Brake Inspection
A DIYer’s Guide to Brake Inspection
Dec. 07 2022
Brake Inspection
Dec. 07 2022

Part 1 – The Quick Inspection

 


When you exit the freeway and apply the brakes, does your entire vehicle, brake pedal or steering wheel shake? Do you hear strange grinding or squealing noises as you come to a stop? When you apply the brakes, does your vehicle pull to one side – or even more terrifying – does the pedal almost goes to the floor? These are all signs that your brakes need IMMEDIATE repairs! Before your brakes get to this point, it’s a much safer, less expensive and time-saving practice to routinely perform brake inspections.

There are two basic types of inspections: a “Quick Inspection” that only takes a few minutes and a “Complete Brake Inspection”, which requires removing the wheels. The DIYer’s Guide to Brake Inspection article will be split into two parts.

Part 1 – The Quick Inspection

The article below explains how to effectively check your brakes without taking the wheels off. This inspection is not recommended before a long road trip or instead of a complete brake inspection.

In Part 2 – Complete Brake Inspection

Check out this article for everything you need to know about successfully conducting an in-depth brake inspection. This kind of inspection requires removing the wheels and includes inspecting all brake system components.

 


 

Part 1 – The Quick Inspection

Say you’re at the gas station waiting for 18 gallons of liquid gold to make its way into your fuel tank. You have a little time to kill. Instead of checking your social media page on your phone, you can do a quick disc brake inspection. NOTE: This is a disc brake inspection only. Drum brake inspections require wheel removal.

The quick inspection works best on vehicles with open or spoke-type wheels. These are the type of wheels that allow you to clearly see the brake rotors (see image). NOTE: If your vehicle has hub caps, sometimes removing them will allow you to see the rotors through holes in the wheels.

brake calipers or rotorsWARNING: Do not touch your brake calipers or rotors. They will be very hot! Visually inspect the brake rotors through the openings in the wheels. If the rotors have numerous deep grooves cut into the surface, that typically means the brake pads and rotors are worn out. You may have also been hearing a grinding noise when you come to a stop. If the rotors are blue or a dark gold color, that indicates the brakes overheated and need a complete inspection.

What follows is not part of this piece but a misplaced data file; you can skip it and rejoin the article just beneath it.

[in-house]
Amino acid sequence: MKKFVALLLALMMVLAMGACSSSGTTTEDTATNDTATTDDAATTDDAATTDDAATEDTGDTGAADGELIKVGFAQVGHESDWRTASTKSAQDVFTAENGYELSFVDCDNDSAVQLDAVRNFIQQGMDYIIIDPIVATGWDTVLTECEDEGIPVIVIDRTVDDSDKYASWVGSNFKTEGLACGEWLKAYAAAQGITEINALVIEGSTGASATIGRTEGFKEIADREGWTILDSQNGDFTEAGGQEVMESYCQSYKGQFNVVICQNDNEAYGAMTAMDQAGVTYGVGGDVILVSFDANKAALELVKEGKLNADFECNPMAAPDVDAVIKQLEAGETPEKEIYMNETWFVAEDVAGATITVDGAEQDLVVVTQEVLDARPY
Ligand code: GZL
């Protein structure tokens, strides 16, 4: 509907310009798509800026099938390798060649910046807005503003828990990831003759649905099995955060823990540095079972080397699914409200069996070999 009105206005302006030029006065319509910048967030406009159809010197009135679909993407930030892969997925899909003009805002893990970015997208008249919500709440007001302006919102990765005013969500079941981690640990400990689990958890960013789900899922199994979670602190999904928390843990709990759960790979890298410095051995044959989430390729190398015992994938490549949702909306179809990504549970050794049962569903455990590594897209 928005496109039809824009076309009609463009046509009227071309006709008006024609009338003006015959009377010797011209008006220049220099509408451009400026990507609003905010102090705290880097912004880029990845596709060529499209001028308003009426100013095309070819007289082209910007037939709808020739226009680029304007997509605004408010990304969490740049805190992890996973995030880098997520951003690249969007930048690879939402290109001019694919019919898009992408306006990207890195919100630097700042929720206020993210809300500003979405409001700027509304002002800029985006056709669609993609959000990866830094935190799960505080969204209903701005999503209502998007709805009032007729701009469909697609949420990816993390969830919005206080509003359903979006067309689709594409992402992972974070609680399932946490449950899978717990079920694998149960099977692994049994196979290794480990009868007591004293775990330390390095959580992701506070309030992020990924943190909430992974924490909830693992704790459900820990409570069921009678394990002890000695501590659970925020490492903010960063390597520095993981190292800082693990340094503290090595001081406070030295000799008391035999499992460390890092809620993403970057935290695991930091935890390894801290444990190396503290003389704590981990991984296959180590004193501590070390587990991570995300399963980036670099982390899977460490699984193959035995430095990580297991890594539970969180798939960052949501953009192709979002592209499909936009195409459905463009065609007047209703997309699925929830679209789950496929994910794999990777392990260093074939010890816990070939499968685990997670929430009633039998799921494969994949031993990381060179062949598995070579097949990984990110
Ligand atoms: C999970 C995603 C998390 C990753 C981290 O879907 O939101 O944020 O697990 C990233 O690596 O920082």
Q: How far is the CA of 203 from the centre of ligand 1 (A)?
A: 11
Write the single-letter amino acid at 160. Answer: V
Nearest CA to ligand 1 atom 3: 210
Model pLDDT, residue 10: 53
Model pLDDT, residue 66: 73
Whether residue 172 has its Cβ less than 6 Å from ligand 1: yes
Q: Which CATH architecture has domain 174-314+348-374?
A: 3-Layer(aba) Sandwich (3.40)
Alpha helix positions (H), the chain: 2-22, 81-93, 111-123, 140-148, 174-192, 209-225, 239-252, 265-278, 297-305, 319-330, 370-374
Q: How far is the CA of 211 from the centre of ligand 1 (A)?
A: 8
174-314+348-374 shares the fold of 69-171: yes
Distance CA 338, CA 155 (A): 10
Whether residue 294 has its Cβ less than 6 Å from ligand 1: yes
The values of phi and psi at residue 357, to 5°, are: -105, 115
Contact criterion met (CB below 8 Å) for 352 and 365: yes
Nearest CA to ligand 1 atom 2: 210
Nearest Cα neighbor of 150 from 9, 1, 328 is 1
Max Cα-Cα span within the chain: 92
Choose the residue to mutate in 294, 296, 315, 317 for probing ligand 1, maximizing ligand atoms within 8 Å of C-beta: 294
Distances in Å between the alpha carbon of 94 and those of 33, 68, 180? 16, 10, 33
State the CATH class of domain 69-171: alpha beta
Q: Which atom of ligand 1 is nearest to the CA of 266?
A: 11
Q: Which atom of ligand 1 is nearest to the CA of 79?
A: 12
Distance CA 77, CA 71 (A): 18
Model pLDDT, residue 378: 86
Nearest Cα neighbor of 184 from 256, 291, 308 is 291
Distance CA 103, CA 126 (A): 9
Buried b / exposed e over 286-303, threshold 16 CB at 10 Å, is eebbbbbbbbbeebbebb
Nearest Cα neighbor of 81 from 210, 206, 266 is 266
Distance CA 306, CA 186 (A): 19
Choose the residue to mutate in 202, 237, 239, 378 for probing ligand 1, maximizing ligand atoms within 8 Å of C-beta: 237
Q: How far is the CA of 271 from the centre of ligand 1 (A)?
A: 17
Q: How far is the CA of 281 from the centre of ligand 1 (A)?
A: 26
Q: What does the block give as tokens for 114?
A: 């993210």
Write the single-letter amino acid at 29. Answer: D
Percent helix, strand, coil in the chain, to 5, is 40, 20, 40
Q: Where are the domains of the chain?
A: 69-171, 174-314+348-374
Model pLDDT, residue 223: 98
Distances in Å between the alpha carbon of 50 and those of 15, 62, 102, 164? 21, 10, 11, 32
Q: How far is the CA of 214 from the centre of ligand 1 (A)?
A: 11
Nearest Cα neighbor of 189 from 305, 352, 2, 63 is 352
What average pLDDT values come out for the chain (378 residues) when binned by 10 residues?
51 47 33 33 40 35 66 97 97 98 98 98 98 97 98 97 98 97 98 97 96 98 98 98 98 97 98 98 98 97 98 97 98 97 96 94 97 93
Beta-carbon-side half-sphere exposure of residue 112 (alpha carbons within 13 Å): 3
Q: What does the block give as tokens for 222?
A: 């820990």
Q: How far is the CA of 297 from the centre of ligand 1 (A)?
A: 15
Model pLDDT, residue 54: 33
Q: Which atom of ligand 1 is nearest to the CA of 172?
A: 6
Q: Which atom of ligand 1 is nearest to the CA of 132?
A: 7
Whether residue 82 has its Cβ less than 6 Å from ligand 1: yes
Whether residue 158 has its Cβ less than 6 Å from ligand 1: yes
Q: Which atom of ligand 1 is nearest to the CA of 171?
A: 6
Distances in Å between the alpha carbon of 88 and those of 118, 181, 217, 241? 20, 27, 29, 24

You can also see the outside brake pad through the wheels. An easy way to determine if your brake pads are worn out is to compare the brake pad’s friction material to its metal backing. If the thickness (1) of the friction material (2) is equal to or less than that of the metal backing (3), it’s time to replace the brake pads (see image). In my experience, this method is fairly accurate.

If you want to be 100 percent sure, you can measure the pad material thickness once you’ve removed them. TIP: To save a lot of time, buy replacement brake pads first in case your measurements verify that they are worn out. The minimum thickness specifications can be found in a manufacturer’s service manual or sometimes in the owner’s manual. ALLDATA DIY is a great resource for specifications and repair procedures.

soft metal wear sensors To warn you that your brake pad material has reached minimum thickness, some manufacturers use soft metal wear sensors that scrape the rotor to create a squealing noise while braking (see image). During your quick visual check, if you see that a wear sensor is touching or nearly touching the rotor, replace the brake pads.

IMPORTANT NOTE: I’ve rarely seen a situation where the outside brake pad was fine, but the inside pad was worn out … but it does happen. This condition usually means the brake caliper is defective in some way. To see the inside brake rotor surface, you’ll need to kneel or squat down and use a flashlight. There may be a splash plate obstructing your view of the inside surface of the rotor, but you can usually look through a gap near the caliper.

That concludes the quick brake inspection. It should only take about 5-10 minutes to complete. Although it doesn’t take much time, it’s a very effective way to identify potential problems before they become big problems. Until next time, safe motoring!

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